Why is that a good idea? The answer is actually very practical: you don’t want to bombard viewers with intense color saturations everywhere—quite the contrary. Highly saturated colors can look incredibly fake and cheap. Too much of it gives your eyes little chance to rest, and nothing to really focus on, more visual noise.
When a site like UXDESIGNER.TOP, somehow dedicated to UX, errors in this way, it is doubly sad to see in my opinion. Doesn’t look too good, does it? It has all sorts of issues, but primarily the color mess does not make it easy to establish a hierarchy to guides the viewer. Bad UX!
Take blue and orange for example. Next to each other they behave very intensely. If you mix them you achieve a gray tone which can separate their more saturated variants really well. This new color positions itself between those highly saturated versions and creates a more visually pleasing experience by applying more realistic colors. As fluffy as this sounds, it has more vibrancy, more life. This creates a barrier between the colors that is more mature in technique. When you talk about masters in painting, this is one of the things they had a firm grip on.
In design it’s a good idea to focus on just one or two colors, then create variations from them. This gives you plenty of options within the same color. You vary your color, but stay within the same color hue(s). This then helps anchor your viewer’s attention when only few parts are selectively highly saturated. In the image above, you’ll find your eye drawn to the sen. It really jumps out.
We get a color wheel by taking the spectrum of light and then connecting both ends to a circle. This is a classically used and helpful tool in showing us the relationships between colors. How so? For starters, the color wheel can tell you how to create the biggest contrast possible for a particular choice.
The symmetrical color wheel is not so much a scientific thing but a representation of how our brain works. It points at how we might respond emotionally, in terms of what reactions colors awaken. Scientifically, there are no opposite colors in the color spectrum—that’s an idea in our brains, or in the concepts we put together to organize and distinguish colors. It’s definitely helpful for choosing color though. These perceptions are not only fuelled by our own biology but also very much influenced by centuries of art history and can vary significantly among various cultures.
In these examples we’ll use the traditional “artist’s” color wheel, based on the red-yellow-blue (RYB) color model. This one is derived from how painters created their color mixtures—via subtractive color mixing. It’s mostly used in art and design these days, predating scientific color theory, which refers to cyan, magenta and yellow (CMY) as its primary colors. CMY achieves a bigger subset of colors than the RYB color model.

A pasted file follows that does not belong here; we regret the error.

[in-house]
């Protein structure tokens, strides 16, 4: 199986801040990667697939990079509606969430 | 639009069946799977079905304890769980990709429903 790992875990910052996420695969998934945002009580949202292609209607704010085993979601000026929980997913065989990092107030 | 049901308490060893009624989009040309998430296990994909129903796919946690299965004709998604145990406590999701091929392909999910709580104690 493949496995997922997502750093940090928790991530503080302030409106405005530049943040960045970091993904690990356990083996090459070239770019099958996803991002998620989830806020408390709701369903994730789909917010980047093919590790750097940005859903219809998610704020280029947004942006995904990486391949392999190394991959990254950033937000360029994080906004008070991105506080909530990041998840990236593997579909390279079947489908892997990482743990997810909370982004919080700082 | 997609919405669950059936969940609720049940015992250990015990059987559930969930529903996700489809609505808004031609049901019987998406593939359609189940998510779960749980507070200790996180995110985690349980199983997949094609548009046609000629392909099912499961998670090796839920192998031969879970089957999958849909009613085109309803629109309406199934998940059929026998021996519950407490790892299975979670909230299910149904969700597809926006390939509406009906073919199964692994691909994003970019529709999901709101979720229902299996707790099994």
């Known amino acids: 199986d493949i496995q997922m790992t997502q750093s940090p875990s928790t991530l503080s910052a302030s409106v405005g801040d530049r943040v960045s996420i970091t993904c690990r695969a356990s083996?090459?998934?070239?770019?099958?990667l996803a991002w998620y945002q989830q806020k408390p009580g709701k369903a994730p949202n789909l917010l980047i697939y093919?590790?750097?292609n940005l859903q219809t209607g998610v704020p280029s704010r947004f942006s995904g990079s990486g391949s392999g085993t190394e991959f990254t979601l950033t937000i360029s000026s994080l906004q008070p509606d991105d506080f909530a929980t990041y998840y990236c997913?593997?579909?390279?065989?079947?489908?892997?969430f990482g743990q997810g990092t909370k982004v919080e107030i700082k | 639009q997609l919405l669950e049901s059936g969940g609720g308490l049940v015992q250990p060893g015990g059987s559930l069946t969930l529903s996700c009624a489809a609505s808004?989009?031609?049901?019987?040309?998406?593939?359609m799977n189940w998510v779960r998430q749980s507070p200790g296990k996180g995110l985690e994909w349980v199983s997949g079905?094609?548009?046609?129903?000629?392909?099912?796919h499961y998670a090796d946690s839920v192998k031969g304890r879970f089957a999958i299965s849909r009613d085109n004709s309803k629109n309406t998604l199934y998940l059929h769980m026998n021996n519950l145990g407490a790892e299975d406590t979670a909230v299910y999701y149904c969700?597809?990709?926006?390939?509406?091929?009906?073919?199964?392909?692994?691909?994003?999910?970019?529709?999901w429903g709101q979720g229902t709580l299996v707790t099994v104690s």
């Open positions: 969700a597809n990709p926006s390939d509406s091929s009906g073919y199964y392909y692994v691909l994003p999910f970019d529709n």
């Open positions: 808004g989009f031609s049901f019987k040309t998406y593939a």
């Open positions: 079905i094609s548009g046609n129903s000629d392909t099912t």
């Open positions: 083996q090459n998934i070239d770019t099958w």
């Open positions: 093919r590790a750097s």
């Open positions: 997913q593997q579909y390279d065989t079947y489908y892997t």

Primary Colors: Red, Yellow, Blue
Red, yellow, and blue are used to create all other colors, and therefore earn the name primary. You can’t mix any other colors to get them.
This is certainly a good starting point and everything you need to know about primary colors for now. That being said, I also want to mention that this was the assumption of many color theorists in the past. In reality, with paint or ink for example, you can only mix a limited range of colors which does not match the complete range a healthy human eye can perceive. What we’re talking about here is a certain complete subset of colors, also called a gamut. So, a grain of salt is in order here.
Secondary Colors: Green, Orange, Purple
Green, orange, and purple are mixed by combining primary colors.
In Goethe’s color wheel above, green forms the base. It’s the blend of the two primary colors yellow and blue. Orange is a mix of yellow and red, while purple is a mix of red and blue.
We can take this idea further and mix primary with secondary colors—again by blending colors that lie next to each other on the wheel.
After finishing this declination you get the following:
- Chartreuse: yellow-green
- Amber: yellow-orange
- Vermilion: red-orange
- Magenta: red-purple
- Violet: blue-purple
- Teal: blue-green
Note that the secondary color follows the primary color in this notation.
Analogous colors are adjacent on the color wheel, right next to each other.